• Sciortino’s Amherst Café was sold to Holly Hurda and her cousin, Corey Shoemaker. The duo planned to remodel the interior and reopen as Fleming’s Café, a business run by their grandmother in the same location many years earlier.
• The Midwest Renewable Energy Association launched Grow Solar Central Wisconsin 4.0, to educate area residents of the benefits of solar power.
• Eleven area runners participated in the virtual Antigo Tater Trot on August 4, by running socially distanced on a 10K route on Smokey Road laid out by Janet Glodowski.
• Ray and Betty Przekurat celebrated their 60th wedding anniversary August 13.
• No Where Man by Wisconsin native Stephen J. Piotrowski was released. The exploration of the isolation and rejection felt by many Vietnam War veterans is available for purchase locally through the Tomorrow River Valley Historical Society.
• The Little Britches Rodeo returned to the Amherst Fairgrounds August 15 and 16. Amherst’s own Haley Peskis was crowned Rodeo Queen.
• Local businesses Siren Shrubs, Tapped Maple Syrup, and Top Note Tonic joined forces to offer alcohol alternative beverage kits.
• The Iola Historical Society unveiled a pair of historical markers relating to the Iola Hospital on August 19.
• Jensen Center Executive Director Brent Frankenhoff added the editorship of the Spirit to his job duties.
• The Jensen Center held its annual Plant Drop, Swap, & Shop event under its drive-through canopy from September 1 through 20. Numerous area gardeners donated items and acquired new plants for their homes.
• Ray and Lucille Patoka marked their 70th wedding anniversary September 9.
• The North Central Conservancy Trust held a grand opening of its new office at the former DNR Ranger Station in Upper Whiting Park.
• Gimme Shelter installed yurts at the Tomorrow River Community Charter School for its early childhood programs. In addition, workers from Zielie’s Tree Service cleared a number of trees from the Charter School’s property.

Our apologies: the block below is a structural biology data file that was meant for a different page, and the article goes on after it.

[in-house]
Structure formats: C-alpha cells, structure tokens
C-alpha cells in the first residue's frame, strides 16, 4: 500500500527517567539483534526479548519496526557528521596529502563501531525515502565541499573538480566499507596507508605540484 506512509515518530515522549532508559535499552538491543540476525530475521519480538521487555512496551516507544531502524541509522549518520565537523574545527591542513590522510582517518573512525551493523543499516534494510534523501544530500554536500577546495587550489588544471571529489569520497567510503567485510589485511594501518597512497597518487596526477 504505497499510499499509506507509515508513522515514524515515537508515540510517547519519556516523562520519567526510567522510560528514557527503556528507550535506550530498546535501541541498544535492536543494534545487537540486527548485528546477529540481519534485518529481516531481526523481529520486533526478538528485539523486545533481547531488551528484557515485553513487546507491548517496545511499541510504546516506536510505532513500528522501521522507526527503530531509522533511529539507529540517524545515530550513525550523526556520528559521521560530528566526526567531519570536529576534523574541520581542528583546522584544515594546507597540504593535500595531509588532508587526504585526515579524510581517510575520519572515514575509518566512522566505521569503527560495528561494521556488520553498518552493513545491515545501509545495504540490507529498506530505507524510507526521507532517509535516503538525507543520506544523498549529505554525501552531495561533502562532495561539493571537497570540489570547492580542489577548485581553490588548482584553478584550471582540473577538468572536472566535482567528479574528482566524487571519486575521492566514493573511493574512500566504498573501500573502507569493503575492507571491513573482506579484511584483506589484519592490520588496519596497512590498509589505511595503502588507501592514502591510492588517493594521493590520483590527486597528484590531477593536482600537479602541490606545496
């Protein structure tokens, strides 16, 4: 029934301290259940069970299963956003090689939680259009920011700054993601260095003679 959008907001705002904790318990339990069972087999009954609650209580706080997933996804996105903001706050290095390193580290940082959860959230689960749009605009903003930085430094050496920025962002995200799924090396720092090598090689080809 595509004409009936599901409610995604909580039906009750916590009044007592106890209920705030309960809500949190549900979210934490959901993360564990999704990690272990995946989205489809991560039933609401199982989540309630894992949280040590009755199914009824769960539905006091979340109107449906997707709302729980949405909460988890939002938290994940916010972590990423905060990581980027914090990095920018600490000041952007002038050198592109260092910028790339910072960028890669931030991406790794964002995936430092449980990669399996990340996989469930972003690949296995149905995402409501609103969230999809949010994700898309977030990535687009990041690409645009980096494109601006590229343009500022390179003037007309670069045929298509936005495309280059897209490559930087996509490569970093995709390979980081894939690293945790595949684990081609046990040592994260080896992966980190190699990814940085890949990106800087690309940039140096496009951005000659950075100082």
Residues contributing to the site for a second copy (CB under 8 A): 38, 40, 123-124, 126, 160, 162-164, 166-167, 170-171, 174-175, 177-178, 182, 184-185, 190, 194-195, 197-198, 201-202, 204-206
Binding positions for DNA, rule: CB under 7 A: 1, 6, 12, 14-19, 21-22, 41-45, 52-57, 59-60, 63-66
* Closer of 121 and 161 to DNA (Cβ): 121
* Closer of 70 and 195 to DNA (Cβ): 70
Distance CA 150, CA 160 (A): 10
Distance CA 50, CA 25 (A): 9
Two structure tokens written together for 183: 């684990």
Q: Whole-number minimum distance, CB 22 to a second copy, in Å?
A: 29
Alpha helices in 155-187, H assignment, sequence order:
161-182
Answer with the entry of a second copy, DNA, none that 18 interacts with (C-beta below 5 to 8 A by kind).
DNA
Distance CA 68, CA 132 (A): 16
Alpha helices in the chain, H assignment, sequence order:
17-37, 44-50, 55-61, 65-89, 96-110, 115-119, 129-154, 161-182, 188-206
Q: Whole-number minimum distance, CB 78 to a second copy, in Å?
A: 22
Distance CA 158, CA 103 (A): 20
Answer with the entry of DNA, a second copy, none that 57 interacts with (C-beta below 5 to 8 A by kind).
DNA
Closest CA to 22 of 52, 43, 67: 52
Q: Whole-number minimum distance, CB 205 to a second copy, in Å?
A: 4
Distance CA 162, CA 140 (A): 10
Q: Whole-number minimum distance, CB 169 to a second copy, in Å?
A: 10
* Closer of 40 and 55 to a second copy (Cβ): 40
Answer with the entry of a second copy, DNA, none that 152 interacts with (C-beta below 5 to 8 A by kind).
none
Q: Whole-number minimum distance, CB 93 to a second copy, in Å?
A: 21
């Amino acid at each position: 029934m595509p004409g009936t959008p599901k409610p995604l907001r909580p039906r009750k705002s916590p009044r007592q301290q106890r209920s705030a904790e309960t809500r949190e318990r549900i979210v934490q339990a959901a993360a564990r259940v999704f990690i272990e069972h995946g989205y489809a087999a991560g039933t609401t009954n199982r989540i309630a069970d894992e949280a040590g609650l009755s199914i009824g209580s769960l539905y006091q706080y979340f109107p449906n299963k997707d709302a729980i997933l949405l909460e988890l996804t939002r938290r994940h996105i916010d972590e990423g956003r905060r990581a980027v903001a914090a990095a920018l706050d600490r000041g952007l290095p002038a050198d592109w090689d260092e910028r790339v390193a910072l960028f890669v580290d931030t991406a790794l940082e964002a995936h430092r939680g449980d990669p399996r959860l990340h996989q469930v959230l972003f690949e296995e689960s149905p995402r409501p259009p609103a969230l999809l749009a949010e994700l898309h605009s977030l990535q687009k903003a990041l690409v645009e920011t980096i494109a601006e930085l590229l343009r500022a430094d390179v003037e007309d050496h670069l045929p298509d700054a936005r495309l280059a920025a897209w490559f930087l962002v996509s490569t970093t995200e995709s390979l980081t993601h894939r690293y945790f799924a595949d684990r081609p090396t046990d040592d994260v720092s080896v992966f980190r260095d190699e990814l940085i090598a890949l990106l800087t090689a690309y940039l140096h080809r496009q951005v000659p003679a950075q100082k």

• College graduates from the area were listed in a special four-page section of the Spirit.
• The 2020 Community Spirit annual award winners were selected with Kris and Dave Crubaugh chosen as Persons of the Year, The Village Hive as Business of the Year, and Abigail Helbach as Junior Person of the Year.
• The traditional Hidden Studios Art Tour became a virtual event October 2-4 with attendees “visiting” participating artists’ studios online.
• Registrants for the 2020 River Run, which had become a virtual event, picked up their cans of River Run beer October 10 at the Jensen Center’s drive-through area. That same day, buyers of Central Waters Brewery’s Black Gold were able to pick up their purchases.
• A fundraiser for the Amherst Opera House began, with up to $25,000 in donations matched by the International Bank of Amherst. (We’ll have an update on how much the fundraiser collected in the February issue of the Spirit.)
• Amherst High School graduate Alexander Lutz received a $1,000 Electric Utility Worker Scholarship from the Central Wisconsin Electric Cooperative.
• The Tomorrow River Community Charter School held its Festival of Courage in mid-October.
• Amherst kindergarten students weren’t able to make their annual trip to an area pumpkin patch, so the Point Pumpkin Patch brought pumpkins to the school.
• Students in Mrs. Melby’s writing class submitted essays on various subjects to the Spirit. So many students participated that the feature ran into the following month’s Spirit.
• The Future Falcons Flag Football group had a five-week season that ended October 24.